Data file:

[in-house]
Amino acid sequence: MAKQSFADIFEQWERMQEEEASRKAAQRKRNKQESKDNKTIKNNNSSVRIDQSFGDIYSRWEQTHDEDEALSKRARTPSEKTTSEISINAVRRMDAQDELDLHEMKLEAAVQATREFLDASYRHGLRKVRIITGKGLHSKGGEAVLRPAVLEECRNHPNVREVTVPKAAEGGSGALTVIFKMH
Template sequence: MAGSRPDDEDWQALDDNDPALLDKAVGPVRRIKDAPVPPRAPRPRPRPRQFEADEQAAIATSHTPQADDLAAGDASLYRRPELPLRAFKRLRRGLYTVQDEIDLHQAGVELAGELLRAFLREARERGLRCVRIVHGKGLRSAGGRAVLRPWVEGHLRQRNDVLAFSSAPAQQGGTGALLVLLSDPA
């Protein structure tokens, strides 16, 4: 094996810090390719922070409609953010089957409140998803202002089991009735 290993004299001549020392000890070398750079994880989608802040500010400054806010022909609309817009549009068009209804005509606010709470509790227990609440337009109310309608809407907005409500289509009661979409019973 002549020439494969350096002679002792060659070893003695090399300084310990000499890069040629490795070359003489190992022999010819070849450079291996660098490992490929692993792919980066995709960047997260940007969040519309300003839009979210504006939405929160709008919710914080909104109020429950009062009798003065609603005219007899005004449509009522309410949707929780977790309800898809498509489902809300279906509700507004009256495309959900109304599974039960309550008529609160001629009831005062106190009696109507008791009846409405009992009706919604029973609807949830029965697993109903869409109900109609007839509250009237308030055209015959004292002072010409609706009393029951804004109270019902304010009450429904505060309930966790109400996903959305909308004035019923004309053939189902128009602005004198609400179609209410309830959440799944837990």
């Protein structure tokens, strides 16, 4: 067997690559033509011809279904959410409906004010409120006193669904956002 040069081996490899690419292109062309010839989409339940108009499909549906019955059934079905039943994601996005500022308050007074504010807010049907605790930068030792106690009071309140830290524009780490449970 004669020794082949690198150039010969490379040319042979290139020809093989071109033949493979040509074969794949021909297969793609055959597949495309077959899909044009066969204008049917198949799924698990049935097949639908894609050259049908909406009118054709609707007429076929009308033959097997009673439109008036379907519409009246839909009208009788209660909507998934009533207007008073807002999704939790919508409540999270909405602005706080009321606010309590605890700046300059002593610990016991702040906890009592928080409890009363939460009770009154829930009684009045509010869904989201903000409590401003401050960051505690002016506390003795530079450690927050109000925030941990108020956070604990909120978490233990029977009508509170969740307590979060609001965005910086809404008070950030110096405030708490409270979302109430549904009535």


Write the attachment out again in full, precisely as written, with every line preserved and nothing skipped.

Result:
[in-house]
Amino acid sequence: MAKQSFADIFEQWERMQEEEASRKAAQRKRNKQESKDNKTIKNNNSSVRIDQSFGDIYSRWEQTHDEDEALSKRARTPSEKTTSEISINAVRRMDAQDELDLHEMKLEAAVQATREFLDASYRHGLRKVRIITGKGLHSKGGEAVLRPAVLEECRNHPNVREVTVPKAAEGGSGALTVIFKMH
Template sequence: MAGSRPDDEDWQALDDNDPALLDKAVGPVRRIKDAPVPPRAPRPRPRPRQFEADEQAAIATSHTPQADDLAAGDASLYRRPELPLRAFKRLRRGLYTVQDEIDLHQAGVELAGELLRAFLREARERGLRCVRIVHGKGLRSAGGRAVLRPWVEGHLRQRNDVLAFSSAPAQQGGTGALLVLLSDPA
């Protein structure tokens, strides 16, 4: 094996810090390719922070409609953010089957409140998803202002089991009735 290993004299001549020392000890070398750079994880989608802040500010400054806010022909609309817009549009068009209804005509606010709470509790227990609440337009109310309608809407907005409500289509009661979409019973 002549020439494969350096002679002792060659070893003695090399300084310990000499890069040629490795070359003489190992022999010819070849450079291996660098490992490929692993792919980066995709960047997260940007969040519309300003839009979210504006939405929160709008919710914080909104109020429950009062009798003065609603005219007899005004449509009522309410949707929780977790309800898809498509489902809300279906509700507004009256495309959900109304599974039960309550008529609160001629009831005062106190009696109507008791009846409405009992009706919604029973609807949830029965697993109903869409109900109609007839509250009237308030055209015959004292002072010409609706009393029951804004109270019902304010009450429904505060309930966790109400996903959305909308004035019923004309053939189902128009602005004198609400179609209410309830959440799944837990």
């Protein structure tokens, strides 16, 4: 067997690559033509011809279904959410409906004010409120006193669904956002 040069081996490899690419292109062309010839989409339940108009499909549906019955059934079905039943994601996005500022308050007074504010807010049907605790930068030792106690009071309140830290524009780490449970 004669020794082949690198150039010969490379040319042979290139020809093989071109033949493979040509074969794949021909297969793609055959597949495309077959899909044009066969204008049917198949799924698990049935097949639908894609050259049908909406009118054709609707007429076929009308033959097997009673439109008036379907519409009246839909009208009788209660909507998934009533207007008073807002999704939790919508409540999270909405602005706080009321606010309590605890700046300059002593610990016991702040906890009592928080409890009363939460009770009154829930009684009045509010869904989201903000409590401003401050960051505690002016506390003795530079450690927050109000925030941990108020956070604990909120978490233990029977009508509170969740307590979060609001965005910086809404008070950030110096405030708490409270979302109430549904009535």